Whether you clear your cabinets for every new diet that promises health and beauty, just grab the bacon-topped cheeseburger or live somewhere in the middle, you must — you just must — know by now that we should all eat more vegetables and fruit. So what will make you actually do it?
It's nowhere near time for a victory dance, but experts see a little movement in the right direction, citing the growth of farmers markets, more vegetarian restaurant options and campaigns to encourage produce consumption.
FOR THE RECORD
Healthful eating: In the May 2 Saturday section, an article about efforts to encourage people to eat more fruits and vegetables said the FNV campaign had signed up spokespeople including actress Kristen Stewart. It is actress Kristen Bell who will help promote FNV.
"There are some signs here and there that the diet is improving," said Kelly Brownell, an obesity expert and the dean of Sanford School of Public Policy at Duke University. But "the change is too slow to make a big public health difference."
The plodding pace of change is to be expected, said Gene Baur, co-founder of Farm Sanctuary and an animal welfare advocate. Shifting the food industry and our habits is like turning a mammoth aircraft carrier, he said.
It's pretty easy to get through the day without eating anywhere near the amount of produce the federal government recommends — and most Americans do. Cold cereal and milk for breakfast, ham and cheese sandwich with tortilla chips for lunch and, for dinner, a piece of chicken, potatoes and a salad, maybe a piece of fruit for a snack.
That's perhaps three servings of produce, and experts say five is barely enough. The federal government has recommended that half your dinner plate be produce.
Dr. David Katz, the founding director of Yale's Prevention Research Center, is optimistic about the future, despite his assessment of the present: "We have accomplished almost nothing with fruit and vegetable intake."
Among the small indications of growing interest in produce are growth in farmers markets, with more than 200 in Southern California alone, and the rise in restaurant and supermarket choices. Nielsen consumer research shows fruit and vegetable sales increased by volume and in dollars for each of the last four years.
"Everywhere you go there are vegetarian options. Five or 10 years ago, that was not the case," said Jack Bishop, editorial director for America's Test Kitchen, which produces a public television cooking show that has an affiliated magazine and recently issued a vegetarian cookbook. "Vegetarian cooking seems a lot more appealing if you are not buying vegetables from 3,000 miles away."
While statistics showing that nearly 10% of Americans are vegetarians haven't changed much, the Meatless Mondays program has grown; it's been adopted in hundreds of schools, including the L.A. school district, and dozens of hospitals.
The Partnership for a Healthier America, which worked with First Lady Michelle Obama's Let's Move initiative, has organized a campaign centered on produce called FNV (for fruits-n-vegetables) and has signed up spokespeople such as actress Kristen Stewart and the NFL's Cam Newton to participate in TV and social media efforts. The campaign started recently in Fresno and Hampton Roads, Va., with plans to expand, said Lawrence Soler, chief executive of the partnership.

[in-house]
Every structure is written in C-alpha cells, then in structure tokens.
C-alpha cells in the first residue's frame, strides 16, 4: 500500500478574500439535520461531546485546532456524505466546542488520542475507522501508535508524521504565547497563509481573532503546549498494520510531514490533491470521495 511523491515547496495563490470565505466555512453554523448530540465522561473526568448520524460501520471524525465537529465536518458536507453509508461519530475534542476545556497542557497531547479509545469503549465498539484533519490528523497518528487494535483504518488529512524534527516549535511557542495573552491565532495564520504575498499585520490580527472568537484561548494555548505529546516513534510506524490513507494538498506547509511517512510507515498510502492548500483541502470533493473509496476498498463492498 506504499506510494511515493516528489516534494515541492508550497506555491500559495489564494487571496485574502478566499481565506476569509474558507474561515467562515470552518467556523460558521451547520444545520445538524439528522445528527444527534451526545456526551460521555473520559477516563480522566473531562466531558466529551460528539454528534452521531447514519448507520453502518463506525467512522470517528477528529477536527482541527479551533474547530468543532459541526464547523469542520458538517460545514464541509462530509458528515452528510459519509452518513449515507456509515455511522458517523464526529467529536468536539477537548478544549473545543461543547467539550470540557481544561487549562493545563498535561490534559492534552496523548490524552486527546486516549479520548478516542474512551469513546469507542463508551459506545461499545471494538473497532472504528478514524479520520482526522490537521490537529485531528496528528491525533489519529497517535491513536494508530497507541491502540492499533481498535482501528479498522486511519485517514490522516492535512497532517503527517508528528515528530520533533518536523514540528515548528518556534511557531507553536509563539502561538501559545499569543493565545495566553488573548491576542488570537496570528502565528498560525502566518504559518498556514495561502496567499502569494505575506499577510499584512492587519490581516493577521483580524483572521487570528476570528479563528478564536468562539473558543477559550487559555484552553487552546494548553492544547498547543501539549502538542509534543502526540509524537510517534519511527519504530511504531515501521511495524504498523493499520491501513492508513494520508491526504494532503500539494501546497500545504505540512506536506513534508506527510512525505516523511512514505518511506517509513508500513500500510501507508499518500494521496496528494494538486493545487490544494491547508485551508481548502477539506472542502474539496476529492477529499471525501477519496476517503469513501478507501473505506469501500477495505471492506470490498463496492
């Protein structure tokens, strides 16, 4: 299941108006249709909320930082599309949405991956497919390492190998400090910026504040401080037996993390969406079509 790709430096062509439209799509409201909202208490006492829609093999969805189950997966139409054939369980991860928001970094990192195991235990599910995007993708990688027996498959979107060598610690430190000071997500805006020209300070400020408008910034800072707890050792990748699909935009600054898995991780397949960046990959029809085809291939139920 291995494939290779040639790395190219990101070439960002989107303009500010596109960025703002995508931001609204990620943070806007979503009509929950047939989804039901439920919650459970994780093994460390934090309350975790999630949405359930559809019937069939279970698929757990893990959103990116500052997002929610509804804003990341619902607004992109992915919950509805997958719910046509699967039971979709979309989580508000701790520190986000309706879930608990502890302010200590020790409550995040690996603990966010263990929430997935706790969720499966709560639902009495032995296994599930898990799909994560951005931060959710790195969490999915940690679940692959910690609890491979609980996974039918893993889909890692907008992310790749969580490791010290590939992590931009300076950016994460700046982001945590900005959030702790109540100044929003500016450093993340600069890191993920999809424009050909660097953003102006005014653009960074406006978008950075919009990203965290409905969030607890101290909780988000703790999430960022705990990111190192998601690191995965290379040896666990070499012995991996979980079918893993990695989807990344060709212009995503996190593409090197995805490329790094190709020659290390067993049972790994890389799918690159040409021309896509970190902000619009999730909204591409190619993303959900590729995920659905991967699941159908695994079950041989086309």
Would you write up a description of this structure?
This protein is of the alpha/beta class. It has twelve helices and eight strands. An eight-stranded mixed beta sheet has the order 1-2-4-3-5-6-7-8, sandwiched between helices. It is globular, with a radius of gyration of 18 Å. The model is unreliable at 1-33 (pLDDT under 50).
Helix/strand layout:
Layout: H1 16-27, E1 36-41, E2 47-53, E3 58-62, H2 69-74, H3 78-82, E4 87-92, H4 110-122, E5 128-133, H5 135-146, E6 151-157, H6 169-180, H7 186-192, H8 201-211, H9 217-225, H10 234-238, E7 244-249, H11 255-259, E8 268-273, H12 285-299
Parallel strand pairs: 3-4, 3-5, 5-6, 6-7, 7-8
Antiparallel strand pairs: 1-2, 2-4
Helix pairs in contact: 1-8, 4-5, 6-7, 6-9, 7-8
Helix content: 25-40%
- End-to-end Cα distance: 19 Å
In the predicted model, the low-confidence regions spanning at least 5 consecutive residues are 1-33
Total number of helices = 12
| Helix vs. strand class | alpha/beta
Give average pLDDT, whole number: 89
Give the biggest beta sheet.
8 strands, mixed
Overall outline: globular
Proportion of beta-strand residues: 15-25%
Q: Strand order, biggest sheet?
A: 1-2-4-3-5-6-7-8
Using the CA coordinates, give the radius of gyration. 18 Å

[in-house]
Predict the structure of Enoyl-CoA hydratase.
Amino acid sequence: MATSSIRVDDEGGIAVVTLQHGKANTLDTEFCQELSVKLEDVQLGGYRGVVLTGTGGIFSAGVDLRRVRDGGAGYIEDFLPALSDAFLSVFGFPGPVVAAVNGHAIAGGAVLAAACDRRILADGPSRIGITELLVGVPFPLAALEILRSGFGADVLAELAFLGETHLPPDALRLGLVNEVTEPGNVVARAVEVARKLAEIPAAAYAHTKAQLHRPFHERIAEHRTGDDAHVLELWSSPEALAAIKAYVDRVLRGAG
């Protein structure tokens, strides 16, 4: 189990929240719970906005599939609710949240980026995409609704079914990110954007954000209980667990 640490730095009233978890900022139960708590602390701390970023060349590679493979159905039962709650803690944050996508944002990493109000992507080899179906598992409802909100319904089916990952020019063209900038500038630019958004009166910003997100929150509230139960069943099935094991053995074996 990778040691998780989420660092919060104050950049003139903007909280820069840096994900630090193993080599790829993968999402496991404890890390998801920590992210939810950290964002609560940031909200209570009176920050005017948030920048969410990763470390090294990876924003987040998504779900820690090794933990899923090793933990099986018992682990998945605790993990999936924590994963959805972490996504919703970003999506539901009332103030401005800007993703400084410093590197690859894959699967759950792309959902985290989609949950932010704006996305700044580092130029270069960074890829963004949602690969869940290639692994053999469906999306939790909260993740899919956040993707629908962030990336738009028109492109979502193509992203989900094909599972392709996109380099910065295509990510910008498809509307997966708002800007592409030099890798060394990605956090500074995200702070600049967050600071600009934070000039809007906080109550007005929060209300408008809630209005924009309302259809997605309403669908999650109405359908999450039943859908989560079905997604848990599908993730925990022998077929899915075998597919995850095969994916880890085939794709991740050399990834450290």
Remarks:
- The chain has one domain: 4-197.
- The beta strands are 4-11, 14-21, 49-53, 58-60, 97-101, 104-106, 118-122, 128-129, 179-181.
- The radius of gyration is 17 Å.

And then there's Omaha Steaks. The century-old company recently began selling cartons of fresh produce from the Chef's Garden. For years now, you could buy twice-baked potatoes or creamed spinach with your meat, but this is a whole new game. "Veggies have always had a place next to the steaks we sell," Todd Simon, senior vice president, said by telephone. But now, he said, "we're blazing a bit of a new trail" by putting produce and beef on the same level.
Studies such as one published recently in an American Medical Assn. journal saying that a vegetarian diet may help lower blood pressure also argue for diets heavy with plants. Nearly a third of American adults have high blood pressure.
Researchers from Yale surveyed the scientific literature and reported last year in the journal Annual Reviews that a diet that's predominantly plants is "decisively associated with health promotion and disease prevention." Other research, published in 2013 in the Journal of the American Medical Assn., found no measurable difference between a vegetarian diet and a Mediterranean one, which includes meat and fish, though in lower amounts than the conventional American diet.
Experts who may have differing perspectives — from vegan to Paleo — can rally around a diet that's mostly unprocessed whole foods, mostly from plants, Katz said. But there's so much confusion from the hundreds of diet books, research reports and sources of information. It doesn't have to be that way, he said, if the experts talked more about what they all agree on: "We all eat a lot more like one another than we eat like the average American diet," he said.
To help reduce confusion and "the unending fractious discord" about just what people should eat for the most healthful outcome, Katz has rallied more than 150 experts from 16 countries, including many top names in their fields (Dr. Walter Willett, chair of the department of nutrition at Harvard School of Public Health; Dr. Deepak Chopra; former White House chef Sam Kass; Dr. Mark Hyman, "Detox Diet" author; and Dr. Andrew Weil, integrative medicine advocate, among them) to sign onto a project called GLiMMER (Global Lifestyle Medicine Mobilizing to Effect Reform) that plans to educate people on that consensus on diet, smoking and exercise. If the advice is followed, Katz said, up to 80% of chronic disease could be eliminated.
"I'd like to put an end to the era of the fad diet in America," Katz said. And the food industry will respond to consumer demand, just has it did when it created low-carb pasta or Snackwells cookies or diet soda, he said.